Digital entrepreneurs today require a solution that seamlessly processes and handles real-time data. Edge computing and cloud computing are two effective methods that are emerging as the most suitable in the fast-paced digital landscape. Each has unique benefits, helping companies bring out the most out of their digital infrastructure.

This article explains the differences between edge computing and cloud computing and their advantages to your digital business strategy and data handling.

Edge Computing vs. Cloud Computing: Benefits and Differences

What Is Edge Computing?

Edge computing processes data closer to its source to minimize latency and maximize efficiency. This decentralized approach removes the need for transmitting huge amounts of data to remote data centers. Instead, processing occurs on the “edge” of the network, within devices (e.g. IoT devices), sensors, or gateways.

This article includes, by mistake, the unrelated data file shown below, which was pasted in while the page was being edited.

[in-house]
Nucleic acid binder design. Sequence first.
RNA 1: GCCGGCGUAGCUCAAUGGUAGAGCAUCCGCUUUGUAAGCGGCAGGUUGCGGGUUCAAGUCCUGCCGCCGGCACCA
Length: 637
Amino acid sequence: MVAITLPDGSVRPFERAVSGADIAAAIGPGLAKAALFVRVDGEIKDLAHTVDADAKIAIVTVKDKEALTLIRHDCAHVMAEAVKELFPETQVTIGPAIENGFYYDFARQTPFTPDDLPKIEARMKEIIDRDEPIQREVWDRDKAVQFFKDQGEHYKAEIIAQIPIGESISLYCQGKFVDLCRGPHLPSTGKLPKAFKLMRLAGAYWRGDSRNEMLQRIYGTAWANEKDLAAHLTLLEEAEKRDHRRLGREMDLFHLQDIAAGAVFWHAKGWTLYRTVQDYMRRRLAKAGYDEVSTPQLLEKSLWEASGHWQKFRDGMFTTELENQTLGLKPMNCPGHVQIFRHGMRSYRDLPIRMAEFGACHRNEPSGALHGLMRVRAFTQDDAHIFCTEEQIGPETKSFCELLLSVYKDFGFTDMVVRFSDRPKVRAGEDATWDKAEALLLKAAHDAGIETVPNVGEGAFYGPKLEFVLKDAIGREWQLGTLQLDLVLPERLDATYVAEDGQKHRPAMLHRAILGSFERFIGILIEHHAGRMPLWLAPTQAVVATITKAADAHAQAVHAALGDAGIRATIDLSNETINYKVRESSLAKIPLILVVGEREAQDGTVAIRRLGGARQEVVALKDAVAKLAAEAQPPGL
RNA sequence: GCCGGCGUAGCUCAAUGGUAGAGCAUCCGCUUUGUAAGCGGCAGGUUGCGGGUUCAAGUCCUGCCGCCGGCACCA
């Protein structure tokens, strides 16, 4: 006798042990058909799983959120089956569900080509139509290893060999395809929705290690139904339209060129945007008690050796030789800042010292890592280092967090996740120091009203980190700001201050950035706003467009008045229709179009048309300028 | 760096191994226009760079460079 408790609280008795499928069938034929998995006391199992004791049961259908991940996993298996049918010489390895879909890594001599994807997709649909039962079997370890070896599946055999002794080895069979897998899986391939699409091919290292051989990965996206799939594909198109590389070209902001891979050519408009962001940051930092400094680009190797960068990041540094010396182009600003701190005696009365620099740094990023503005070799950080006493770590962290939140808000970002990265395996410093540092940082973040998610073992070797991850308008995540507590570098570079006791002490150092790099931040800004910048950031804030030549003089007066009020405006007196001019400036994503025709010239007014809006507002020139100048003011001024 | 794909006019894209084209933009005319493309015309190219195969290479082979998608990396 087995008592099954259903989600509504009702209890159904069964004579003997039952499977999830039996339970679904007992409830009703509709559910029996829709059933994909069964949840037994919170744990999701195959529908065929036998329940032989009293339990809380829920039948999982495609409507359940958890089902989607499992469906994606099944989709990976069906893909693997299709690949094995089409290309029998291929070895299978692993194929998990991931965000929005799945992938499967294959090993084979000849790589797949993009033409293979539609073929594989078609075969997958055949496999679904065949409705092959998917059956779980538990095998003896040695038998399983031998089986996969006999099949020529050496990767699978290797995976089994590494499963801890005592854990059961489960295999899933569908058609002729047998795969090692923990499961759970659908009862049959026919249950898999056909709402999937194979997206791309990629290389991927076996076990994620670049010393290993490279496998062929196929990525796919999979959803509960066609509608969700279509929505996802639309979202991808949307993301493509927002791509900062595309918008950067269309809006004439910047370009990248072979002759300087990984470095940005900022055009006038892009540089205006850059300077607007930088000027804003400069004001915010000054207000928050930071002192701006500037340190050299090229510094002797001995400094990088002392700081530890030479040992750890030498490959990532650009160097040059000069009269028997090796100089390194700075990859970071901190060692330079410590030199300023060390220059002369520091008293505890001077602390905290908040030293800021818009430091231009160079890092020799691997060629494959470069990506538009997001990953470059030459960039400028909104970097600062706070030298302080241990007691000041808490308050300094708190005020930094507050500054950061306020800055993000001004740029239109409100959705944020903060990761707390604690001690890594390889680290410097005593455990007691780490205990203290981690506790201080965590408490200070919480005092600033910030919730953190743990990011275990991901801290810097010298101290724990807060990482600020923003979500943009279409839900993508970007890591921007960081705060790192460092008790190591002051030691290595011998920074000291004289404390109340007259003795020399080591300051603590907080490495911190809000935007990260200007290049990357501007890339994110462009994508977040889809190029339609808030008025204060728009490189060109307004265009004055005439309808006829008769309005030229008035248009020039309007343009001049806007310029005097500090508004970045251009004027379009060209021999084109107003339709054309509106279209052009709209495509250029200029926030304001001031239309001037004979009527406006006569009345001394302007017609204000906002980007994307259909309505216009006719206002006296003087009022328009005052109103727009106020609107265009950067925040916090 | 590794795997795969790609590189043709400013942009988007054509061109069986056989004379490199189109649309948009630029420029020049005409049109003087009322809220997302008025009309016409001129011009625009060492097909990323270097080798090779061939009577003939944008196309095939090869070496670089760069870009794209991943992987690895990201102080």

Transmitting data over long distances to a centralized data center can be slow and inefficient so edge computing is useful for organizations that want to avoid this and require real-time or near-real-time processing.

Learn about common edge computing challenges.

Edge Computing Benefits

Here are the benefits of edge computing for businesses and organizations.

  1. Reduced latency: Edge computing processes information closer to its source to generate near-real-time responses and minimize data transmission delays.
  2. Enhanced security: Edge computing minimizes data exposure as all sensitive information remains in a controlled environment, reducing the chances of a data breach.